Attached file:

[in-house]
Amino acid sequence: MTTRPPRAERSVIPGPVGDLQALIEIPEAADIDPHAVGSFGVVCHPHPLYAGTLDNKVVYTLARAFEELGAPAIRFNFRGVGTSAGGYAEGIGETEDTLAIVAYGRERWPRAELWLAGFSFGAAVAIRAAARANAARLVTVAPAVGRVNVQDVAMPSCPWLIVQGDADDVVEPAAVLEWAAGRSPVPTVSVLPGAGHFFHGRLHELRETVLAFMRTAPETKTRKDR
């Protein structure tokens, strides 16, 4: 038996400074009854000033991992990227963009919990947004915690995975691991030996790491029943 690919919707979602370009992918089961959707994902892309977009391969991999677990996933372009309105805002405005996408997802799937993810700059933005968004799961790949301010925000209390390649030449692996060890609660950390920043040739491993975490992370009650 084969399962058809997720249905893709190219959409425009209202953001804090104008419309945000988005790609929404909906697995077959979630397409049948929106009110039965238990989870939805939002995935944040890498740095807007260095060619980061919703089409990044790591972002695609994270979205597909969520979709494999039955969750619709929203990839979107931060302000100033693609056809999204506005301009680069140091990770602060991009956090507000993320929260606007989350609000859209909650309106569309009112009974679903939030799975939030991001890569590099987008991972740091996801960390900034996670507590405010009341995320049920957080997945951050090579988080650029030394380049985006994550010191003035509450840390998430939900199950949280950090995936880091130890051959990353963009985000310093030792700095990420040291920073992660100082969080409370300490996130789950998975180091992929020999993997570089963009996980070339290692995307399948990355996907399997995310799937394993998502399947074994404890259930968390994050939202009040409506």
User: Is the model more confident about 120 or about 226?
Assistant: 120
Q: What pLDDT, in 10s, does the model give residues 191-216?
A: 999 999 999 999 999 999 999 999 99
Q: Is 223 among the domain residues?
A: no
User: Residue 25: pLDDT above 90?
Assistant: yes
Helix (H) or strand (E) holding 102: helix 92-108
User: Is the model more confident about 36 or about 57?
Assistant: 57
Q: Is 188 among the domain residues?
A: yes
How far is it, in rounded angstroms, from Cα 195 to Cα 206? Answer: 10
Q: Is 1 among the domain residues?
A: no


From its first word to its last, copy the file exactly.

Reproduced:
[in-house]
Amino acid sequence: MTTRPPRAERSVIPGPVGDLQALIEIPEAADIDPHAVGSFGVVCHPHPLYAGTLDNKVVYTLARAFEELGAPAIRFNFRGVGTSAGGYAEGIGETEDTLAIVAYGRERWPRAELWLAGFSFGAAVAIRAAARANAARLVTVAPAVGRVNVQDVAMPSCPWLIVQGDADDVVEPAAVLEWAAGRSPVPTVSVLPGAGHFFHGRLHELRETVLAFMRTAPETKTRKDR
């Protein structure tokens, strides 16, 4: 038996400074009854000033991992990227963009919990947004915690995975691991030996790491029943 690919919707979602370009992918089961959707994902892309977009391969991999677990996933372009309105805002405005996408997802799937993810700059933005968004799961790949301010925000209390390649030449692996060890609660950390920043040739491993975490992370009650 084969399962058809997720249905893709190219959409425009209202953001804090104008419309945000988005790609929404909906697995077959979630397409049948929106009110039965238990989870939805939002995935944040890498740095807007260095060619980061919703089409990044790591972002695609994270979205597909969520979709494999039955969750619709929203990839979107931060302000100033693609056809999204506005301009680069140091990770602060991009956090507000993320929260606007989350609000859209909650309106569309009112009974679903939030799975939030991001890569590099987008991972740091996801960390900034996670507590405010009341995320049920957080997945951050090579988080650029030394380049985006994550010191003035509450840390998430939900199950949280950090995936880091130890051959990353963009985000310093030792700095990420040291920073992660100082969080409370300490996130789950998975180091992929020999993997570089963009996980070339290692995307399948990355996907399997995310799937394993998502399947074994404890259930968390994050939202009040409506």
User: Is the model more confident about 120 or about 226?
Assistant: 120
Q: What pLDDT, in 10s, does the model give residues 191-216?
A: 999 999 999 999 999 999 999 999 99
Q: Is 223 among the domain residues?
A: no
User: Residue 25: pLDDT above 90?
Assistant: yes
Helix (H) or strand (E) holding 102: helix 92-108
User: Is the model more confident about 36 or about 57?
Assistant: 57
Q: Is 188 among the domain residues?
A: yes
How far is it, in rounded angstroms, from Cα 195 to Cα 206? Answer: 10
Q: Is 1 among the domain residues?
A: no